In a small brick house under the shadow of the church of Louis Marie de Montfort church in Port-au-Prince live three nuns.
The house is by the airport and the constant thumping of helicopters overhead provides a disconcerting soundtrack to the searing heat.
The three nuns have lived here for a long time and devote their time to the poor people of the neighbourhood.
“People are very poor here,” says Sr Helen Ryder, a sister of the La Sainte Union order from Co. Offaly in Ireland. “There are poorer, but then in Haiti there is always someone poorer.”
Her colleague, Sr Maria Hawkes from Cork, spoke of the moment the earthquake struck: “I was in my room at about 4.45 in the evening. Just sitting by my bed reading a book. Suddenly I became aware of the wall shaking. I got up quickly. My bed was moving across the room. The cabinet above my sink popped open.”
They knew immediately that this was a major disaster.
“It was very sad to see, like a pack of cards, all the houses flattened. We went over to an open space and we didn’t return until the next morning. We lay on the ground that night. When there was tremors you could feel them in your spine.”
Sr Helen spoke of the terrible conditions Haitians live in. “Improvement isn’t a word you hear around here. The four cyclones we had last year now seem small by comparison but they were huge too. That seemed to be the worst thing that could happen until this did. There is a tremendous amount of resilience. Food and water are what’s needed at the moment, simply to survive. After that you can start talking about reconstruction and getting schools open and getting life back to normal. But it’s food and water first.”
The three nuns work on a pre-school feeding programme for the poorest children in the area. Every day before the earthquake, 100 children would come to the centre where they would be given a nourishing meal and some pre-school education. Each child is then sponsored through primary school, which many Haitian parents can’t afford.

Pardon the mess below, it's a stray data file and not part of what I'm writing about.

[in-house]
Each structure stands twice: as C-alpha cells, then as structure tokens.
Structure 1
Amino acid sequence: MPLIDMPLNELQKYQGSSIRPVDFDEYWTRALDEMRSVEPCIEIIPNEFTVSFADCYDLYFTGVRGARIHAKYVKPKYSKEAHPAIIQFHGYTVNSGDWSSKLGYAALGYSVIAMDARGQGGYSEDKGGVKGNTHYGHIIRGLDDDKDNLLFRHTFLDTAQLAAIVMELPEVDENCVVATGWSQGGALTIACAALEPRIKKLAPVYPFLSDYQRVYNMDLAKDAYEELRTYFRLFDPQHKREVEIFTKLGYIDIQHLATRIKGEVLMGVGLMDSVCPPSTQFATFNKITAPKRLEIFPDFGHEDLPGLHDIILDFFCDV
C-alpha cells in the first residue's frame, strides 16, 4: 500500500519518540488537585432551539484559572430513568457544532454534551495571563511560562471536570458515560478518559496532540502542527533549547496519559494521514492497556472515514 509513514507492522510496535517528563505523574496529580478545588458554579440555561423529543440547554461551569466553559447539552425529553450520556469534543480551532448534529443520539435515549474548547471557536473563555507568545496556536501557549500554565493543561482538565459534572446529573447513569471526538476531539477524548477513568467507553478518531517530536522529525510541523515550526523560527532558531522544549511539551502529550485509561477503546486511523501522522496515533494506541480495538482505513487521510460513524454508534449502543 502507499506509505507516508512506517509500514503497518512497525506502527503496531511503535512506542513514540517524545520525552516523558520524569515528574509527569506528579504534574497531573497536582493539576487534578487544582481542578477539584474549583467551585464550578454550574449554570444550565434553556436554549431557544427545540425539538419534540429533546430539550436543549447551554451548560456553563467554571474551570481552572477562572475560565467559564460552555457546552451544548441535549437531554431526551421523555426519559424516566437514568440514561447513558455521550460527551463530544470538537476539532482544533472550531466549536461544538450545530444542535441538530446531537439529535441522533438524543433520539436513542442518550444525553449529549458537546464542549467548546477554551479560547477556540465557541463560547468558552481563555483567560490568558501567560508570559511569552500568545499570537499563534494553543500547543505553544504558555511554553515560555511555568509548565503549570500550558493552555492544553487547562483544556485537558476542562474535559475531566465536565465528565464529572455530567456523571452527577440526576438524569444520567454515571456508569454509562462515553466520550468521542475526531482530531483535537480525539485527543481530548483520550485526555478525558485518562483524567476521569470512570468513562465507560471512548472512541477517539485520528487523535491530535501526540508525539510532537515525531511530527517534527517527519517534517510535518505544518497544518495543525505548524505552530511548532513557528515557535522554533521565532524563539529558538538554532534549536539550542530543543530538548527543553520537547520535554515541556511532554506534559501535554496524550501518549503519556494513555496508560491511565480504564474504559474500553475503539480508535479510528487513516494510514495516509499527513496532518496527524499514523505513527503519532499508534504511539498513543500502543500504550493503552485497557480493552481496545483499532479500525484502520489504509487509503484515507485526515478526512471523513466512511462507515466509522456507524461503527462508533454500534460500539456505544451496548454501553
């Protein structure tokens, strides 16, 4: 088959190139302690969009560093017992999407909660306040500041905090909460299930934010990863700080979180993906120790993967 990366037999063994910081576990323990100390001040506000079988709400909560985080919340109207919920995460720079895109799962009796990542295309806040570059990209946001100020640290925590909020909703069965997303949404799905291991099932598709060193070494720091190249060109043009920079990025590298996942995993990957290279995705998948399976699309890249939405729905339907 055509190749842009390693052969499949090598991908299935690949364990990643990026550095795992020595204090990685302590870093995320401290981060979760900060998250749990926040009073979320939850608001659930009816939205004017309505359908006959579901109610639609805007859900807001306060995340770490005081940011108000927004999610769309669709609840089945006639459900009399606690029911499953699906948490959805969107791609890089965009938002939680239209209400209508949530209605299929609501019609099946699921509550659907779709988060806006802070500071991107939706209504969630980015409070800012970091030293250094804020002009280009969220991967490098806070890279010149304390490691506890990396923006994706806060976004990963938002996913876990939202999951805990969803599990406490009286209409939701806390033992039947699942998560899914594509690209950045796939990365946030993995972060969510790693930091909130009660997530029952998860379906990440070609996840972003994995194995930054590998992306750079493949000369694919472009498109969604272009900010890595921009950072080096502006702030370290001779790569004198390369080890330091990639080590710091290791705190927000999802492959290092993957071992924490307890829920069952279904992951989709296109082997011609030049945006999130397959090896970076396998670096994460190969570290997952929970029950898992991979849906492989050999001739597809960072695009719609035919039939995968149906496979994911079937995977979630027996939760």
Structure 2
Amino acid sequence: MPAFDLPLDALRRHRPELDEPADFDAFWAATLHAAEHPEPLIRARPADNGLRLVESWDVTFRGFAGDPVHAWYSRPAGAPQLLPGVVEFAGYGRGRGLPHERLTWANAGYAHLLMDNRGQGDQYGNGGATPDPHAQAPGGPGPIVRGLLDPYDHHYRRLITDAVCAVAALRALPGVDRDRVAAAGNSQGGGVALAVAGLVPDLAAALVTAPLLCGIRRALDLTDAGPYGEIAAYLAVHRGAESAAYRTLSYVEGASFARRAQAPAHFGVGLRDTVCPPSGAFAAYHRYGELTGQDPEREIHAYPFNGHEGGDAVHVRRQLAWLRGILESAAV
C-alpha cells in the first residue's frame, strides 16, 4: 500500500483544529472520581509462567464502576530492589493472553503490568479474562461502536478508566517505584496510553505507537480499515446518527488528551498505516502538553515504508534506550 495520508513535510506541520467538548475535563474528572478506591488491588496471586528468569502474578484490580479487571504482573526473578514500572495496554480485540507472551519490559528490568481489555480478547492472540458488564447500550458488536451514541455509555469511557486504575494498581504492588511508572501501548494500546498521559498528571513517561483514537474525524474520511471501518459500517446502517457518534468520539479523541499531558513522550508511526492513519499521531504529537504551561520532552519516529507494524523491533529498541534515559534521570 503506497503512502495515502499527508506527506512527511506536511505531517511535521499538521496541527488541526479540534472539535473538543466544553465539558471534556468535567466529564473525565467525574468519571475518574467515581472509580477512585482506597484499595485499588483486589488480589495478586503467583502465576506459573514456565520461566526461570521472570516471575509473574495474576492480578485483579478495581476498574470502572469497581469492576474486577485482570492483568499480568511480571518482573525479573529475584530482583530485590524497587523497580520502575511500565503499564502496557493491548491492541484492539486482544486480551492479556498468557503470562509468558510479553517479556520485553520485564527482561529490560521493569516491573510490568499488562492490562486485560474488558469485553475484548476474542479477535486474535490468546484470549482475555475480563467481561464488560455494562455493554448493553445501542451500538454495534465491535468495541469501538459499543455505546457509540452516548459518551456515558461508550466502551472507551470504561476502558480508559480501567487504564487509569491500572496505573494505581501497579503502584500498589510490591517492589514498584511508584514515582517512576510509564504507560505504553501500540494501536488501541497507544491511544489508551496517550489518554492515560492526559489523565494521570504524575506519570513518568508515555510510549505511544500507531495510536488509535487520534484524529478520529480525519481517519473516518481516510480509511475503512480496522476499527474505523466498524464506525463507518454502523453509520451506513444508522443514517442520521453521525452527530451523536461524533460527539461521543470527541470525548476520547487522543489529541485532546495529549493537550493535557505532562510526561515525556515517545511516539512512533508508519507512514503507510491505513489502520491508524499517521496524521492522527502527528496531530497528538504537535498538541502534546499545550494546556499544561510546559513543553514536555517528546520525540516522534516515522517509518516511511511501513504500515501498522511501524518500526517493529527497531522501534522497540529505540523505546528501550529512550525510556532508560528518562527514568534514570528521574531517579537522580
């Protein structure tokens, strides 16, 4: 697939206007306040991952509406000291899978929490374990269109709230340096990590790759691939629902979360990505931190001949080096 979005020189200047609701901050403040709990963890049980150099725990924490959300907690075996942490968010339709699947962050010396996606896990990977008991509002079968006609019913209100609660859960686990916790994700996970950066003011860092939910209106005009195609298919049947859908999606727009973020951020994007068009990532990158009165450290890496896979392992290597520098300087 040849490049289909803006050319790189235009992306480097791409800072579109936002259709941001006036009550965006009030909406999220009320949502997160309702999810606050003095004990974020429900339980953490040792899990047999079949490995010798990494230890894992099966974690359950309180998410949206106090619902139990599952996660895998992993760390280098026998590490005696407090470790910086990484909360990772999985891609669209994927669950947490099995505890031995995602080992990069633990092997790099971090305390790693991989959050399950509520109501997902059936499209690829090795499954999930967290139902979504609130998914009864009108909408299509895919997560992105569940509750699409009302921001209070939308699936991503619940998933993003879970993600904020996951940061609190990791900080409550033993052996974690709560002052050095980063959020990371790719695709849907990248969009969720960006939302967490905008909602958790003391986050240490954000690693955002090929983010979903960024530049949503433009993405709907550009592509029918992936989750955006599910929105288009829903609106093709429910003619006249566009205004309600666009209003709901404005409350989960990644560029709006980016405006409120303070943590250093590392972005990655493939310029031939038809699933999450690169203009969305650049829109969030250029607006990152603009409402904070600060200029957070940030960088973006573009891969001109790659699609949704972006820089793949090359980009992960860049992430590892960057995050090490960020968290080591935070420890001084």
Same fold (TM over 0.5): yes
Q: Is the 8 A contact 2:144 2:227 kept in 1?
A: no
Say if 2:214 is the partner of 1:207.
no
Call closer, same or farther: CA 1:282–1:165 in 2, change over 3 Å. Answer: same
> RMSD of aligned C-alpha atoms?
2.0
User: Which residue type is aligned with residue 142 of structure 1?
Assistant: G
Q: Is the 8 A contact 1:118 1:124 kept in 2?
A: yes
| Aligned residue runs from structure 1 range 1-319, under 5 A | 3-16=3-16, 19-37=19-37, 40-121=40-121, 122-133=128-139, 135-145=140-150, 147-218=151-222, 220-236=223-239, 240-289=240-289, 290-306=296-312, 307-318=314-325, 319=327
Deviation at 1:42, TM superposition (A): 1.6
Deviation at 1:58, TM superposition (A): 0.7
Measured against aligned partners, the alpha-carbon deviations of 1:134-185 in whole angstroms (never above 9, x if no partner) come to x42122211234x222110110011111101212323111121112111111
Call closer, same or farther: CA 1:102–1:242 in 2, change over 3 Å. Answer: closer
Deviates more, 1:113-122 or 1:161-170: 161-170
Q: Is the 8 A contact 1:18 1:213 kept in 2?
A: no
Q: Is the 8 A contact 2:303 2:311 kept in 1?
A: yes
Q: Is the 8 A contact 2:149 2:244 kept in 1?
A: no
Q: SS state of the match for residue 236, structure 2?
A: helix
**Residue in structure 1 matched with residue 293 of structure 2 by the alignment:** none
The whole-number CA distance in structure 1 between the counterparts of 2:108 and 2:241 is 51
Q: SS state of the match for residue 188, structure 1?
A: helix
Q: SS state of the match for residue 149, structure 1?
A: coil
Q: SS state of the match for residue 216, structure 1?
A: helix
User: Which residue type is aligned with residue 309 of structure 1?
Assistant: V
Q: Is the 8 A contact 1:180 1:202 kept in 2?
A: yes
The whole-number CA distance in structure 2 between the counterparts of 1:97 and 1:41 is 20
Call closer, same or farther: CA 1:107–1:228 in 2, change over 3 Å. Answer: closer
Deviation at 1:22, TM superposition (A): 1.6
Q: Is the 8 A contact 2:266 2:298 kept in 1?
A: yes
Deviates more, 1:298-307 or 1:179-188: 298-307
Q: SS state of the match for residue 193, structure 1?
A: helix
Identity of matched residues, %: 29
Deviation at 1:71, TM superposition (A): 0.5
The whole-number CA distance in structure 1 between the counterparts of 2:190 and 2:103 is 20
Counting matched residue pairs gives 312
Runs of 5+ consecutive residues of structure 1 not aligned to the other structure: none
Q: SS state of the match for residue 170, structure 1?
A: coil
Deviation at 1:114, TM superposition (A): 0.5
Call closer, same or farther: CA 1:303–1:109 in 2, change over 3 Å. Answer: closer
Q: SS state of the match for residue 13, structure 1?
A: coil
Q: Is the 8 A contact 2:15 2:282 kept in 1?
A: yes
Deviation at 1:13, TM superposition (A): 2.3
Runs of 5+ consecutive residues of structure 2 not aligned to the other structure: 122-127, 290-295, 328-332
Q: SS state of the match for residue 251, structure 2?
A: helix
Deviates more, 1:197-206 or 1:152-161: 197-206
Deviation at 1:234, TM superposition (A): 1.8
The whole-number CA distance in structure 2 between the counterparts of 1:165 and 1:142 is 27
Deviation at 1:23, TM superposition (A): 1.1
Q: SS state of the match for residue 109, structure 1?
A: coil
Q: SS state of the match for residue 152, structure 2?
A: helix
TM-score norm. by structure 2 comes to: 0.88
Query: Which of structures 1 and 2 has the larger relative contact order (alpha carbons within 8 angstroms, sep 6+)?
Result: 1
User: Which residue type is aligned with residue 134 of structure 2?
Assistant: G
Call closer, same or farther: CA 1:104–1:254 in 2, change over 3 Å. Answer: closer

However since the earthquake they haven’t been able to re-open the centre because they spent all of their cash reserves on helping people in the community in the immediate aftermath. And while their building remains standing, rebuilding needs to be done to make the structures safe for the children to return.
The emergency director for Trócaire (Caritas Ireland), Maurice McQuillan, visited the nuns this week, to look at the damage and consider how the aid agency might help them get the centre back on their feet.
The third of the group, Sr Eileen Davey from New York, told Mr McQuillan: “For many of the children who come to us, these past two weeks since the earthquake mean that they simply haven’t eaten. They haven’t eaten for several days at this point probably. If they don’t have the food they’ll become weaker and become more susceptible to diseases. That’s always the concern.”
Mr McQuillan agreed to provide them with a grant from Trócaire’s Haiti emergency appeal funds to fix their building and keep them running for a period.
“Long before aid agencies had even been thought of, missionaries like these three women were devoting their lives to the poorest of the poor,” Mr McQuillan said. “They are the original humanitarians. Walking through the local community it’s easy to see how popular and valued these women are. Their vital work must be encouraged to continue wherever possible. Trócaire and Caritas are proud to help them in whatever small way we can.”